Alfred had fair justification for his absent minded approach to baked goods; the fellow’s very life was in danger and he was on the run – sleeping in ditches and begging for food – whilst also trying to save his lands from actual marauding Vikings.  There was every reason for culinary timing to be low on his list of priorities.  For Barn?  Not so much.

He was sitting comfortably, on a sofa in his living room, tasked with nothing more than listening out for the oven timer then informing me of said occurrence.  The only kingdom he had any concerns about was the virtual one in Kingdom of Camelot (oh yeh, I’ll name it and shame ya! 😘 ), and the only ‘life’ in danger was that of a pixelated soldier.  Apparently he didn’t hear or smell a thing as the oven alarm shrieked for its fully allowed time slot, and our dinner gave itself to the funeral pyre, clutching its last vestiges of flavour, mourning its uncelebrated heyday.

Naturally he was referred to as Burning Barn for the rest of the evening.  No opportunity, no matter how small or tenuous, was passed over when it came to teasing and tormenting him.  Petit Man is a great ‘bouncing’ partner for this particular form of verbal entertainment (Mum and Medieval are also superb co-jousters, but sadly they weren’t around for this one); we amused ourselves mightily, stumbling upon forcing references to Barn the Great Pie Torturer from every TV advert, programme and innocuous conversation :twisted:.

Chicken chorizo pot piesMonday: So…what we had Monday was potentially-awesome-but-kinda-burned chicken and chorizo pot pies, served with hideously burned roast cauliflower and some steamed veg.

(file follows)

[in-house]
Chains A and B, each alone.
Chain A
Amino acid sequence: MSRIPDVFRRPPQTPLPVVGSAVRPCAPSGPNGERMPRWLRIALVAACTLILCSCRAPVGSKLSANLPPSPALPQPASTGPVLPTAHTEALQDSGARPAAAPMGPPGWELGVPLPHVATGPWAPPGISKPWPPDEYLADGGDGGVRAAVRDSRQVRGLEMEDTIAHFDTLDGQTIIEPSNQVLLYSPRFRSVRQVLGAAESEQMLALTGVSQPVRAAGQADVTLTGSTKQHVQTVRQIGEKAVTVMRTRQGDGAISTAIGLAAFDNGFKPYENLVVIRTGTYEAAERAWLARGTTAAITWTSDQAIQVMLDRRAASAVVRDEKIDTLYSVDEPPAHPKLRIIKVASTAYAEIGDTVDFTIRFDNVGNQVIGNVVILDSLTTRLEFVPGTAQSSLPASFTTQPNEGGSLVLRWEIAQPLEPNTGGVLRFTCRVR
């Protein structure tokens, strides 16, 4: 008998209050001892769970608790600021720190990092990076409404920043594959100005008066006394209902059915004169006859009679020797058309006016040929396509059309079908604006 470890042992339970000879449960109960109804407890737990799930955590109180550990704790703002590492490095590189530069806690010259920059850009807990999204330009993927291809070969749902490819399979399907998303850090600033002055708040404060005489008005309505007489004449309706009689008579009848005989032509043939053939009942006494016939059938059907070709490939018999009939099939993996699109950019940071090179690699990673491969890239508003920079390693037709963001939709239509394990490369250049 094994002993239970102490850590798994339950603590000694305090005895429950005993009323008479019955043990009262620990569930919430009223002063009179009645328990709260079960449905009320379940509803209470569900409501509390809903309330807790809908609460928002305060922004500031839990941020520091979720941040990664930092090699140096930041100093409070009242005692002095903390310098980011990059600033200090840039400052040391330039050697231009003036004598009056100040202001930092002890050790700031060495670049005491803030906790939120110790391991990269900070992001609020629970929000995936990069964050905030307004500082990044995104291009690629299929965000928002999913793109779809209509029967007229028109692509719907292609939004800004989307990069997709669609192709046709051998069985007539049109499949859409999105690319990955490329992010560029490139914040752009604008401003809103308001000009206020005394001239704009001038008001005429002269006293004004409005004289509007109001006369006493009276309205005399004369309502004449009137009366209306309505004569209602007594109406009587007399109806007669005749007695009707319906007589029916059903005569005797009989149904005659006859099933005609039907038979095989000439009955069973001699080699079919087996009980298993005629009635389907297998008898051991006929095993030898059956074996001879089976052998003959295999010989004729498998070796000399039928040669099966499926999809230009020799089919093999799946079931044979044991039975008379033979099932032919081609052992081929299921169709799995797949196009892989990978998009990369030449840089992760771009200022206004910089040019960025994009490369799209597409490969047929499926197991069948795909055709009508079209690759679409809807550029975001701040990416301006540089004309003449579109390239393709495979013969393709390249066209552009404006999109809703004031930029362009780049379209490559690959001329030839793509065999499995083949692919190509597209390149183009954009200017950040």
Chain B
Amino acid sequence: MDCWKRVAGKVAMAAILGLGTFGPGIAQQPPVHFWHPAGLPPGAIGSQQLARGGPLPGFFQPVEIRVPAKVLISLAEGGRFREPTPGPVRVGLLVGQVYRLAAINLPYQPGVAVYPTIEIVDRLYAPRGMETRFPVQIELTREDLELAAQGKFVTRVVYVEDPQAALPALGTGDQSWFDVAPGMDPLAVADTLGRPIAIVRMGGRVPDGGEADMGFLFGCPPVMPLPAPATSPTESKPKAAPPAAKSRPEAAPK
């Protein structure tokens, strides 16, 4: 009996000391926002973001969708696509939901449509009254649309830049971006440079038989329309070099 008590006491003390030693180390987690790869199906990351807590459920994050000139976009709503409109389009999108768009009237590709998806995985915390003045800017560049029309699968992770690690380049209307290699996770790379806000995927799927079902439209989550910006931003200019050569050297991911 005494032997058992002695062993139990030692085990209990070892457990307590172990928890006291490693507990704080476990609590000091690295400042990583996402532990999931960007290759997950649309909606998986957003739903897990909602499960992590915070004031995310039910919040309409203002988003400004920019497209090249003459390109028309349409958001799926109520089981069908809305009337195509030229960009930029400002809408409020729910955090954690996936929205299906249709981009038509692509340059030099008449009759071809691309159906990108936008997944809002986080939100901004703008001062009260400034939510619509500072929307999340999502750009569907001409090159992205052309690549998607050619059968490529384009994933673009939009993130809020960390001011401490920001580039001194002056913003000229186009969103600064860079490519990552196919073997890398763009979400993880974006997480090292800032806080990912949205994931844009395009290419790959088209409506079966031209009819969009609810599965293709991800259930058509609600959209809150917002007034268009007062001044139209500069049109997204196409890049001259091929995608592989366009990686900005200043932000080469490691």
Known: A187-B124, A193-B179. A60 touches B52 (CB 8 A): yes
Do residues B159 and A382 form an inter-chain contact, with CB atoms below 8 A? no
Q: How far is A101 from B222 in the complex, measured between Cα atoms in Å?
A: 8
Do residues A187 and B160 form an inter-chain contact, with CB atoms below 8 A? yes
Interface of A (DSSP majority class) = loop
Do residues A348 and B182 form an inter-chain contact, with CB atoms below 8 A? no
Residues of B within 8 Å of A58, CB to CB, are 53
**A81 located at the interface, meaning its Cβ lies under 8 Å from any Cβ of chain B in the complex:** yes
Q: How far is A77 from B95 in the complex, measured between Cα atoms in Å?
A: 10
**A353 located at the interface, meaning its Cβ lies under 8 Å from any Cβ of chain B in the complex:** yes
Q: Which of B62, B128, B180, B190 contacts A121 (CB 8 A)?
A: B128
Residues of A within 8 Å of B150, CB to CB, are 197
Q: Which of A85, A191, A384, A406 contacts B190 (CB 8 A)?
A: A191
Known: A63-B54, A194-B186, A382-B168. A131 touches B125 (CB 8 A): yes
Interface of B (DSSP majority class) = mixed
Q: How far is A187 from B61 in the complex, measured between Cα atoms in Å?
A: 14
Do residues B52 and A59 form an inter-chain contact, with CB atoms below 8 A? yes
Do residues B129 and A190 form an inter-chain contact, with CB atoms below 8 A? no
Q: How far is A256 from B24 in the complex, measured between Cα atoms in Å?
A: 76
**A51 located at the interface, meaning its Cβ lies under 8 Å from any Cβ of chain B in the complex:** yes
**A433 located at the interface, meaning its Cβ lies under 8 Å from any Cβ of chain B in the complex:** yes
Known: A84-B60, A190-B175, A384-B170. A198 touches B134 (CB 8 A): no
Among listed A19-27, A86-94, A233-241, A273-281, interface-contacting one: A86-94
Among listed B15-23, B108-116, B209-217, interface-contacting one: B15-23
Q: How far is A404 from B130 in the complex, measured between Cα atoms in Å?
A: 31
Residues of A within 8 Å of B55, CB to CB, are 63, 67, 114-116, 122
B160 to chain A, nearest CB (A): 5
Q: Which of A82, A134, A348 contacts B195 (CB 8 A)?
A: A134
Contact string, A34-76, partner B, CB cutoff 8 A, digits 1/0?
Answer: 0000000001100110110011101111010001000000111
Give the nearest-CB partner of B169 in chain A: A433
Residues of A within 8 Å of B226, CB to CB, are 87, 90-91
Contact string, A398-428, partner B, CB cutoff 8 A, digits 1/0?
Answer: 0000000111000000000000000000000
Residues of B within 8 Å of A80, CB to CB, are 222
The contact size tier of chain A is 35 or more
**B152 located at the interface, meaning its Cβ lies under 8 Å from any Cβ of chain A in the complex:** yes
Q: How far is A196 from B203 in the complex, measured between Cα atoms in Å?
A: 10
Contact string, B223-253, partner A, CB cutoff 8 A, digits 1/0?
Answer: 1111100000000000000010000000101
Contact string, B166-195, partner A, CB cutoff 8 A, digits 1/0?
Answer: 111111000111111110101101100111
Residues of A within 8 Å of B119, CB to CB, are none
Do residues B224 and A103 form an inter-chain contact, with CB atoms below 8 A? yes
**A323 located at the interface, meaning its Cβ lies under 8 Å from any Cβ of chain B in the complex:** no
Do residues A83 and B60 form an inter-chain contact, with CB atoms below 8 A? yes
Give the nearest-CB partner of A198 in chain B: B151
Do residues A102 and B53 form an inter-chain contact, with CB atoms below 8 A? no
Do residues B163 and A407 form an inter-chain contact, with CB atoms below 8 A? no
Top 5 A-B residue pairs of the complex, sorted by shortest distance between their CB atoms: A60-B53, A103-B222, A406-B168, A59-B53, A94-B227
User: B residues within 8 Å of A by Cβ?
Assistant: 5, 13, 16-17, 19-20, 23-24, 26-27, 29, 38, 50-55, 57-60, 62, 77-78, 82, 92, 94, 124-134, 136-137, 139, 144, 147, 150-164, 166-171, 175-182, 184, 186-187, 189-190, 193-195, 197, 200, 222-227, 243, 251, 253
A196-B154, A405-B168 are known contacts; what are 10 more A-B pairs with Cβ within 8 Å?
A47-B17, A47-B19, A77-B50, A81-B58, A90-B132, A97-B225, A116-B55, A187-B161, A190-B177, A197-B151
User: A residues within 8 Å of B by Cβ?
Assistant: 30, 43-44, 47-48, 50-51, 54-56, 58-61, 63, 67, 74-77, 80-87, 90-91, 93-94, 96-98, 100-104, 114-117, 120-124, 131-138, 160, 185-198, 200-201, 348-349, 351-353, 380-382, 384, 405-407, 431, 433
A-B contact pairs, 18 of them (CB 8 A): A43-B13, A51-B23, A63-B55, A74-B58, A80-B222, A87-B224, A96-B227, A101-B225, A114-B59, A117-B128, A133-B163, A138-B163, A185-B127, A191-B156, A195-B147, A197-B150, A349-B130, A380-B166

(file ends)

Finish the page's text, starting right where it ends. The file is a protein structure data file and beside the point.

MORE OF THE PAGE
The chicken was poached in cider, then the cider stock reduced and used with cream to make a sauce for the chicken, fried chorizo and leeks.  A happy little layer survived the torrid oven affair and was sufficiently good to put the recipe on the ‘definitely try it again’ list.

Fridge bottom soupTuesday: Fridge bottom soup.  Sounds vile doesn’t it?  I know I should call it ‘leek and courgette’, or ‘cream of veg’ or somesuch, but it was what it says…soup made with stuff that needed using up from the drawer at the bottom of the fridge.

Sautéed soffrito (finely diced onion, carrot and celery in the ratio 2:1:1 – an excellent starting point for many sauces, stews etc. – make huge batches with a food processor and keep portions in the freezer); chopped leeks and courgettes added & browned.  Two crushed garlic cloves, fresh thyme and parsley, dried oregano chucked in and swished around for a while.  Chicken stock added (enough to cover veg plus a bit more) and simmered for about 15 minutes.  Blitzed in the food processor, added soured cream, a little double cream, and chives.  Reheated, adjusted seasoning, added an extra swirl of cream and more fresh herbs to finish.  Served with warm g/f cheesy puffs made with extra mature cheddar and English mustard.  It tasted insanely good.

Chicken pear and stilton saladWednesday dinner: Warm salad of grilled chicken breast and sweet ripe pears, with creamy blue Stilton and crunchy caramelised walnuts; served with baked tomatoes on a bed of crisp, fresh watercress and baby spinach leaves, dressed with wholegrain mustard and balsamic vinaigrette.

Barn made the leftovers into a sandwich for his lunch at work the next day.  I believe he was hoping for a reaction something akin to one of these:

What he got was this:

K: What’ve you got there?

Barn: Olive ciabatta, with watercress, pears and…

K: Pears?!

Barn: Yeh, and blue cheese…

K: Mouldy cheese?!

Barn:  …and chicken.

Pause, while each chews their chosen lunch and K contemplates Barn’s sandwich

K, dubiously: Well, I suppose the chicken would be ok.

Continue reading